• The interest payments are piling up due to delays in the closing of a deal.  

In summary, gap funding isn’t without its pros and cons. Although it has helped several investors in achieving their real estate goals, there’s a right and a wrong time to use it. We at BFPM strongly advise you to learn everything there is about gap funding before you take the plunge; you should ideally explore the various other lending options before committing to a gap fund.

Trevor Henson

Trevor Henson is an experienced entrepreneur (10+ highly-successful start-ups) and property investor with a demonstrated history of building and leading teams in investment property management environments, maximizing returns for property owners, and optimizing properties through construction management and re-positioning. He…
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Frequently Asked Questions(FAQs)

Gap funding refers to a form of financing that helps bridge the "gap" between the total cost of a real estate project and the amount of funds initially secured. It is typically used when there is a shortfall between the borrower's available funds and the required amount to complete a project or investment. Gap funding can be obtained from various sources, such as private lenders or investors, and is often considered a short-term solution to cover the immediate financial needs of a project. The terms and conditions of gap funding can vary depending on the specific arrangement between the borrower and the lender.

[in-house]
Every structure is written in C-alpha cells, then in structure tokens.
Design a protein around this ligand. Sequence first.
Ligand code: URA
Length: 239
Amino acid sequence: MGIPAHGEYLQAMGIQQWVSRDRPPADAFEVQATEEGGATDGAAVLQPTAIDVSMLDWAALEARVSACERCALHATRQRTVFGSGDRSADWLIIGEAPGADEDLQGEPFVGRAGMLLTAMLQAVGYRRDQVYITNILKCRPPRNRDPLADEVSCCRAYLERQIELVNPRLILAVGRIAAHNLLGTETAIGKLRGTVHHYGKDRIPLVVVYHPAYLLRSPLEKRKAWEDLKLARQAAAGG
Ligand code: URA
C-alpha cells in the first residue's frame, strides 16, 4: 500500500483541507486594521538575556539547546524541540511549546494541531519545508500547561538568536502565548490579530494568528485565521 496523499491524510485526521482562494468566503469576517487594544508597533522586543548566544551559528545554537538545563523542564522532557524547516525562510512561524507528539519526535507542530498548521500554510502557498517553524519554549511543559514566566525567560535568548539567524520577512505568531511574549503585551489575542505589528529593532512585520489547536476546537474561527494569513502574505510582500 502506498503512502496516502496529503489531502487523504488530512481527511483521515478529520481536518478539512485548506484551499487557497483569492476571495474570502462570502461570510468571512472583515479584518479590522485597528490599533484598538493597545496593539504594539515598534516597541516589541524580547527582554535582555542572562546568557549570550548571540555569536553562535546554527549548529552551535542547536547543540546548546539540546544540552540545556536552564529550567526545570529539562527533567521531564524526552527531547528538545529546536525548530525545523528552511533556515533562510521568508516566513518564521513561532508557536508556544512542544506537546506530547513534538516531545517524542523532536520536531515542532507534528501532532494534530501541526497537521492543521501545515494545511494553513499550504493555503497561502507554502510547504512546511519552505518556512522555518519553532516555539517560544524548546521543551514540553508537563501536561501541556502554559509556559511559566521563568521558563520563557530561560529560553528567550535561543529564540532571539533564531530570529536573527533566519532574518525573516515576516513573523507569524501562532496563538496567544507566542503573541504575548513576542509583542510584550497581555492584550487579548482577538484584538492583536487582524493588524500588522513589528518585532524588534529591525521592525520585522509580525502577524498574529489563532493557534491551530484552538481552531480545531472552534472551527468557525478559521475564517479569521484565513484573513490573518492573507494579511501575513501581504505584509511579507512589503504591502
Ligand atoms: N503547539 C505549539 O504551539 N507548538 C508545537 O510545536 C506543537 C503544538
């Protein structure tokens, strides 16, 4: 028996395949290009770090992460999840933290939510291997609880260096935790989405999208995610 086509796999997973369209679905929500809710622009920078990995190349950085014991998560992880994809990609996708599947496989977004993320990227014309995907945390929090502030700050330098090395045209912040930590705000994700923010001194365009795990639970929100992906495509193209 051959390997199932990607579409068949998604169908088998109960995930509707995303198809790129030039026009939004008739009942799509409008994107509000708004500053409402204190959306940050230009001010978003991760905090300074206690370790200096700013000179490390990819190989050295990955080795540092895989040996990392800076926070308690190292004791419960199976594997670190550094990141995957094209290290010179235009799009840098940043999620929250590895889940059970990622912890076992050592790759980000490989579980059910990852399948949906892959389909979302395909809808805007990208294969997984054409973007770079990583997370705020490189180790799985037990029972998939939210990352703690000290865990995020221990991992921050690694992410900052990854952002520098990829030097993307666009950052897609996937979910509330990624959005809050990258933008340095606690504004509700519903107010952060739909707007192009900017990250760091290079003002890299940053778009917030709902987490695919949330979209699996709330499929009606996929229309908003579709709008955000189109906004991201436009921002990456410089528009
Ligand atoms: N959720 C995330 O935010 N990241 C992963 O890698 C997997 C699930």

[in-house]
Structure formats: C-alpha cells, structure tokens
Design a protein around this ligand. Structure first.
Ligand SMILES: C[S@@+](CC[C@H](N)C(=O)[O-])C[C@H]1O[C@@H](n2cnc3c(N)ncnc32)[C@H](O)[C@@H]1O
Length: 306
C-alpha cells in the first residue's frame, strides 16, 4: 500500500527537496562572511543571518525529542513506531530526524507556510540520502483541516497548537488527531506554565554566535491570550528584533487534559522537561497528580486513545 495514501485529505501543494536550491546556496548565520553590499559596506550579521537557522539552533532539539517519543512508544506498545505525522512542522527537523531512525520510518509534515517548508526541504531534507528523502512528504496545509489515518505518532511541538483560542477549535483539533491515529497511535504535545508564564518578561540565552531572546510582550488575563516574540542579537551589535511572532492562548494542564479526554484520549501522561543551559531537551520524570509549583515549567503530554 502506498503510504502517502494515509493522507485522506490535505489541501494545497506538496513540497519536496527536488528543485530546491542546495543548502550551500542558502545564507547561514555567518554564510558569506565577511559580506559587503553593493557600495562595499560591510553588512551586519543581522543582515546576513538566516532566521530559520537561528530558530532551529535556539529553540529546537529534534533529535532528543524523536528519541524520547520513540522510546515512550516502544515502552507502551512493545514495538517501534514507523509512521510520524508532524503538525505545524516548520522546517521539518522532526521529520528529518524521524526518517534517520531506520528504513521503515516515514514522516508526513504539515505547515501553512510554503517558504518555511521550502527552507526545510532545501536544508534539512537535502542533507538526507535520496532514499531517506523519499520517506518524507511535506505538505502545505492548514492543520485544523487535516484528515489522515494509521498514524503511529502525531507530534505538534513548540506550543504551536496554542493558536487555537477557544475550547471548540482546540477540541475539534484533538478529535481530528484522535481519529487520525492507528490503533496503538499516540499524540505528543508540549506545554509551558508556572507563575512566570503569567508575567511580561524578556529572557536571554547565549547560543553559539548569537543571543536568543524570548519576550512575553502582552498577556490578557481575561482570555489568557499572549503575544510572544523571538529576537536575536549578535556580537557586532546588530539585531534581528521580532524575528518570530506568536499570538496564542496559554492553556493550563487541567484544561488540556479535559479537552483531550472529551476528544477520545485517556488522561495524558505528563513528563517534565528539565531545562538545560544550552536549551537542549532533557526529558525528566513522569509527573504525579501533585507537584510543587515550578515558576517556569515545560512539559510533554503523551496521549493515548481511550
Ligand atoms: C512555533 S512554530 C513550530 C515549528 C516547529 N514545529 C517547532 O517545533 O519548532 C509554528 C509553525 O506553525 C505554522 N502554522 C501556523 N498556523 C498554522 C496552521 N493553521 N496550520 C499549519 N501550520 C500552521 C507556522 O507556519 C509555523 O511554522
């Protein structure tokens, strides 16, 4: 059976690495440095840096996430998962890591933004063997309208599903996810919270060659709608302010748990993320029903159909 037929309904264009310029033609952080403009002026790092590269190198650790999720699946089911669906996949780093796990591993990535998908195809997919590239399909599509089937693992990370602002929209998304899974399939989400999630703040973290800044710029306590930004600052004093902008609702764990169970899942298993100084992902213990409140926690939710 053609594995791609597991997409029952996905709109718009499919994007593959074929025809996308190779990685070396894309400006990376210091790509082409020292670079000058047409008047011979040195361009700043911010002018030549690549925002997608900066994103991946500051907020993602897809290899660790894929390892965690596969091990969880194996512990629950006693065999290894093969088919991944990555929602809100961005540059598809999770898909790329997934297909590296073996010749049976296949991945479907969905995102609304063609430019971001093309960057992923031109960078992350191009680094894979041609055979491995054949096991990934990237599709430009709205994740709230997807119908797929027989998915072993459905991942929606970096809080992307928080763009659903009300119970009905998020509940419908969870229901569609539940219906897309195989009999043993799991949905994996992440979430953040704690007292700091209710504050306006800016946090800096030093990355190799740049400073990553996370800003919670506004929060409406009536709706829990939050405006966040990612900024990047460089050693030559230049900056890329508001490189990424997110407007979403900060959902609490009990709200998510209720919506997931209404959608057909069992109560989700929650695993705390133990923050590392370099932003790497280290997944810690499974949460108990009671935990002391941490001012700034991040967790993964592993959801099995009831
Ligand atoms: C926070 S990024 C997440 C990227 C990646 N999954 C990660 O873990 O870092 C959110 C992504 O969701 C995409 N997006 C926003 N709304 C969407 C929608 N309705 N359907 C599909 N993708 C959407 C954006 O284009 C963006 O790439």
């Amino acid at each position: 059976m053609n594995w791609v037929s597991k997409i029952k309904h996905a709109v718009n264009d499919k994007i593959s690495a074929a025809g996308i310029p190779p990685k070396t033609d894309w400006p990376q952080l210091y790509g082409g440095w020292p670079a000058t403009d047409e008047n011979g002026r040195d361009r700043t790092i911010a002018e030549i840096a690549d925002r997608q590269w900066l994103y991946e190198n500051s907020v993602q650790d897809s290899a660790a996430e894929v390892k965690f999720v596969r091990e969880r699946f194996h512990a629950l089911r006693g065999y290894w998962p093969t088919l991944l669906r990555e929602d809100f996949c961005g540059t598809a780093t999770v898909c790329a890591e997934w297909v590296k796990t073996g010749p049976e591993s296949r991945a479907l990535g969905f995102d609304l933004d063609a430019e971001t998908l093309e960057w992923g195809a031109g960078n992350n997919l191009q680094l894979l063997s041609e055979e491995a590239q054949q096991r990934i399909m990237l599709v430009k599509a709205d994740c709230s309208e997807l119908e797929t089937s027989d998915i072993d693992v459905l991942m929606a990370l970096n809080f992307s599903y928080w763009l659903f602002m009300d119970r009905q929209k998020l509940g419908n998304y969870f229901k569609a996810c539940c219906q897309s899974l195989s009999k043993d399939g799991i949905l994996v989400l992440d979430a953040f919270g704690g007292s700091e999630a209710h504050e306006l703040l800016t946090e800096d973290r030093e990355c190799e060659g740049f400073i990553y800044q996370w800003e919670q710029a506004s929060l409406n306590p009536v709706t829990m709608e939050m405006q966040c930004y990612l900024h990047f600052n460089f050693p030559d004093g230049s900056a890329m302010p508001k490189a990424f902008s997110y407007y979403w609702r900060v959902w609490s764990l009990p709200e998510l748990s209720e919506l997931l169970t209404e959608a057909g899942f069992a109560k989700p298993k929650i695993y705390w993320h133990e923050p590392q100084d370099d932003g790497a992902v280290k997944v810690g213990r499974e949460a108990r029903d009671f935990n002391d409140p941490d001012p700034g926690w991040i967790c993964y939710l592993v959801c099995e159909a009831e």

An example of a funding gap in real estate could be when a property developer secures a loan for the construction of a commercial building but later realizes that the total cost of the project exceeds the amount of the loan. This shortfall between the available loan funds and the actual project cost represents a funding gap. The developer would then need to seek additional financing, such as gap funding, to cover the remaining expenses and successfully complete the construction. The funding gap can arise due to unexpected construction costs, design changes, delays, or other factors that increase the overall project expenses beyond what was initially anticipated.

A gap loan, also known as a bridge loan or interim financing, is a short-term loan used in real estate transactions to bridge the financial gap between the purchase of a new property and the sale of an existing one. It provides temporary funding for the down payment or closing costs on the new property until the sale of the current property is finalized. Gap loans are repaid once the sale is complete and often have a shorter repayment period and higher interest rates compared to traditional mortgage loans.

Yes, gap funding can be used for a down payment in certain real estate scenarios. When there is a shortfall between the funds available for a down payment and the amount required to secure a property, gap funding can be used to bridge that gap. It provides temporary financing to cover the portion of the down payment that is lacking, allowing the buyer to proceed with the purchase. Gap funding is typically obtained from private lenders or investors and is repaid once the property is purchased or through other agreed-upon terms. It's important to note that the availability and terms of gap funding may vary depending on the lender and the specific circumstances of the transaction.